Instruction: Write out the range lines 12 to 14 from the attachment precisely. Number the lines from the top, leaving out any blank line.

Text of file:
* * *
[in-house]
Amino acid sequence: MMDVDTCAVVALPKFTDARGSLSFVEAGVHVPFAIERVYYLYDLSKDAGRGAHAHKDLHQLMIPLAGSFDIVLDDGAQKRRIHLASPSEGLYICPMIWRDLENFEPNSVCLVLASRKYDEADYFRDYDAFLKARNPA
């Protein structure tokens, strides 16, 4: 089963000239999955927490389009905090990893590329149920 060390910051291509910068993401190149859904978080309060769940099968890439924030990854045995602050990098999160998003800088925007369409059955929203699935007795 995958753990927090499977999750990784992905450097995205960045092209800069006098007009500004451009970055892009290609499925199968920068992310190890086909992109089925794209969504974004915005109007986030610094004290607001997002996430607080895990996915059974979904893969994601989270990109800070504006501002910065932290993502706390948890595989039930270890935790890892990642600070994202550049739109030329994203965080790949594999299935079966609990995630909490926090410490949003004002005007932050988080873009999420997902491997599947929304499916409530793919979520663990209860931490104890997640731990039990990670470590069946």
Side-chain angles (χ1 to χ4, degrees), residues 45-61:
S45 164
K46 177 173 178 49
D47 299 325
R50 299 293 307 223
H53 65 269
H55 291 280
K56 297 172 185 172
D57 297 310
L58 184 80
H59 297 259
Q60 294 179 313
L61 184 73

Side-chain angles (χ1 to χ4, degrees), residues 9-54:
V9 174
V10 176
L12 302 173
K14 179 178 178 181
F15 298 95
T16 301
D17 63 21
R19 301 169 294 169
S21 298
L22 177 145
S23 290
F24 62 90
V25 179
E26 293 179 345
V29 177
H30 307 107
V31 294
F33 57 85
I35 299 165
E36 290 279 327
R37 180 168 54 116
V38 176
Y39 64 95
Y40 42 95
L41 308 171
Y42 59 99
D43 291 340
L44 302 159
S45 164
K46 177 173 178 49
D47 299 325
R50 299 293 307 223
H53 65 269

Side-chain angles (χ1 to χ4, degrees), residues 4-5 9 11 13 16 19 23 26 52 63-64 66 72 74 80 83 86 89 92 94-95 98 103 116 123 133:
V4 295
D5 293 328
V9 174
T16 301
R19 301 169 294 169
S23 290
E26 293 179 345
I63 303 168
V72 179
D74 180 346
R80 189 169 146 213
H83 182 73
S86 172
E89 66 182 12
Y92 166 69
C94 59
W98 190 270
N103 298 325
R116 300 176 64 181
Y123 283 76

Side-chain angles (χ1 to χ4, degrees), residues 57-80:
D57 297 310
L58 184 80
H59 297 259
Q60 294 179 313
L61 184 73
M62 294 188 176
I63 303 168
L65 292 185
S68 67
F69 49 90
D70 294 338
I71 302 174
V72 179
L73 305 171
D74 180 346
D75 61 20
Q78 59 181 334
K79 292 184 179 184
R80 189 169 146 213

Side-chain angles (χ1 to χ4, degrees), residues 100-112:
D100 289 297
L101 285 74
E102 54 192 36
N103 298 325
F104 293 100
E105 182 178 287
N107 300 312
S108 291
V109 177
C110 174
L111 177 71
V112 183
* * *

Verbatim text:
D57 297 310
L58 184 80
H59 297 259